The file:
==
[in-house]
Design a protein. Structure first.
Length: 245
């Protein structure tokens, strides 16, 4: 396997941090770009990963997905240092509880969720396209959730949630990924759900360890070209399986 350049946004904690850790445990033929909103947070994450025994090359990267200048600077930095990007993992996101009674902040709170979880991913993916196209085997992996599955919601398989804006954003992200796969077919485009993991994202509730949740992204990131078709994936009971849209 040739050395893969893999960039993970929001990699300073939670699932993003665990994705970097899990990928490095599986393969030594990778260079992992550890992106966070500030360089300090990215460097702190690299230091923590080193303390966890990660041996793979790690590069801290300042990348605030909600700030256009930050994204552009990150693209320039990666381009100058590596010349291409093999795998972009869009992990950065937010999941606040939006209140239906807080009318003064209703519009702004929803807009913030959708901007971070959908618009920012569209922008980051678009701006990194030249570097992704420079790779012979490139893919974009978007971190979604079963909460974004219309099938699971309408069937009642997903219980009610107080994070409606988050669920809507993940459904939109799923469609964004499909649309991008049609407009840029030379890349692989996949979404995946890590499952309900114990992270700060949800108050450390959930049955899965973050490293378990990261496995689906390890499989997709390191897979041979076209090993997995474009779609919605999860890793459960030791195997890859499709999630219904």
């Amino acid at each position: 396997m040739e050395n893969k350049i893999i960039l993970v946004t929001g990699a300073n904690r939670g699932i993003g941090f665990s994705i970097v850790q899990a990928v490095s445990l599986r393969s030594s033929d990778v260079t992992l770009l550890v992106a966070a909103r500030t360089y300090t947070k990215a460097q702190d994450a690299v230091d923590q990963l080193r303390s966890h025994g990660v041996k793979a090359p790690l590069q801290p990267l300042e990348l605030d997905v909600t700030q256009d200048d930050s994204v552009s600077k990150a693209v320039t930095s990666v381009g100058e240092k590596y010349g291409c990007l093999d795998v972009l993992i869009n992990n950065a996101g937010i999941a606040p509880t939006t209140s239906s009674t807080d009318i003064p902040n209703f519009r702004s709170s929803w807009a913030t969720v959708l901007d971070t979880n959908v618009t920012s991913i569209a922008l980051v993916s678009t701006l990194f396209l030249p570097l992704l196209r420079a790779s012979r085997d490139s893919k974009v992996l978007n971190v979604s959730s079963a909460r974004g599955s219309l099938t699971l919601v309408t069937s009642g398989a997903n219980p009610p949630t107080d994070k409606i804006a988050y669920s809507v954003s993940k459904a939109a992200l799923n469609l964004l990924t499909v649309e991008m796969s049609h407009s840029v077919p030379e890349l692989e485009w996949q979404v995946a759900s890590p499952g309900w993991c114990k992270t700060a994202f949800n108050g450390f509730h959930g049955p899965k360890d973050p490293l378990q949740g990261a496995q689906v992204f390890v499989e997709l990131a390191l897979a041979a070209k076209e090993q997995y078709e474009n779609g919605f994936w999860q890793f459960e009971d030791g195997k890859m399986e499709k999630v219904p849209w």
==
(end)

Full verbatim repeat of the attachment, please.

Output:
[in-house]
Design a protein. Structure first.
Length: 245
């Protein structure tokens, strides 16, 4: 396997941090770009990963997905240092509880969720396209959730949630990924759900360890070209399986 350049946004904690850790445990033929909103947070994450025994090359990267200048600077930095990007993992996101009674902040709170979880991913993916196209085997992996599955919601398989804006954003992200796969077919485009993991994202509730949740992204990131078709994936009971849209 040739050395893969893999960039993970929001990699300073939670699932993003665990994705970097899990990928490095599986393969030594990778260079992992550890992106966070500030360089300090990215460097702190690299230091923590080193303390966890990660041996793979790690590069801290300042990348605030909600700030256009930050994204552009990150693209320039990666381009100058590596010349291409093999795998972009869009992990950065937010999941606040939006209140239906807080009318003064209703519009702004929803807009913030959708901007971070959908618009920012569209922008980051678009701006990194030249570097992704420079790779012979490139893919974009978007971190979604079963909460974004219309099938699971309408069937009642997903219980009610107080994070409606988050669920809507993940459904939109799923469609964004499909649309991008049609407009840029030379890349692989996949979404995946890590499952309900114990992270700060949800108050450390959930049955899965973050490293378990990261496995689906390890499989997709390191897979041979076209090993997995474009779609919605999860890793459960030791195997890859499709999630219904």
């Amino acid at each position: 396997m040739e050395n893969k350049i893999i960039l993970v946004t929001g990699a300073n904690r939670g699932i993003g941090f665990s994705i970097v850790q899990a990928v490095s445990l599986r393969s030594s033929d990778v260079t992992l770009l550890v992106a966070a909103r500030t360089y300090t947070k990215a460097q702190d994450a690299v230091d923590q990963l080193r303390s966890h025994g990660v041996k793979a090359p790690l590069q801290p990267l300042e990348l605030d997905v909600t700030q256009d200048d930050s994204v552009s600077k990150a693209v320039t930095s990666v381009g100058e240092k590596y010349g291409c990007l093999d795998v972009l993992i869009n992990n950065a996101g937010i999941a606040p509880t939006t209140s239906s009674t807080d009318i003064p902040n209703f519009r702004s709170s929803w807009a913030t969720v959708l901007d971070t979880n959908v618009t920012s991913i569209a922008l980051v993916s678009t701006l990194f396209l030249p570097l992704l196209r420079a790779s012979r085997d490139s893919k974009v992996l978007n971190v979604s959730s079963a909460r974004g599955s219309l099938t699971l919601v309408t069937s009642g398989a997903n219980p009610p949630t107080d994070k409606i804006a988050y669920s809507v954003s993940k459904a939109a992200l799923n469609l964004l990924t499909v649309e991008m796969s049609h407009s840029v077919p030379e890349l692989e485009w996949q979404v995946a759900s890590p499952g309900w993991c114990k992270t700060a994202f949800n108050g450390f509730h959930g049955p899965k360890d973050p490293l378990q949740g990261a496995q689906v992204f390890v499989e997709l990131a390191l897979a041979a070209k076209e090993q997995y078709e474009n779609g919605f994936w999860q890793f459960e009971d030791g195997k890859m399986e499709k999630v219904p849209w």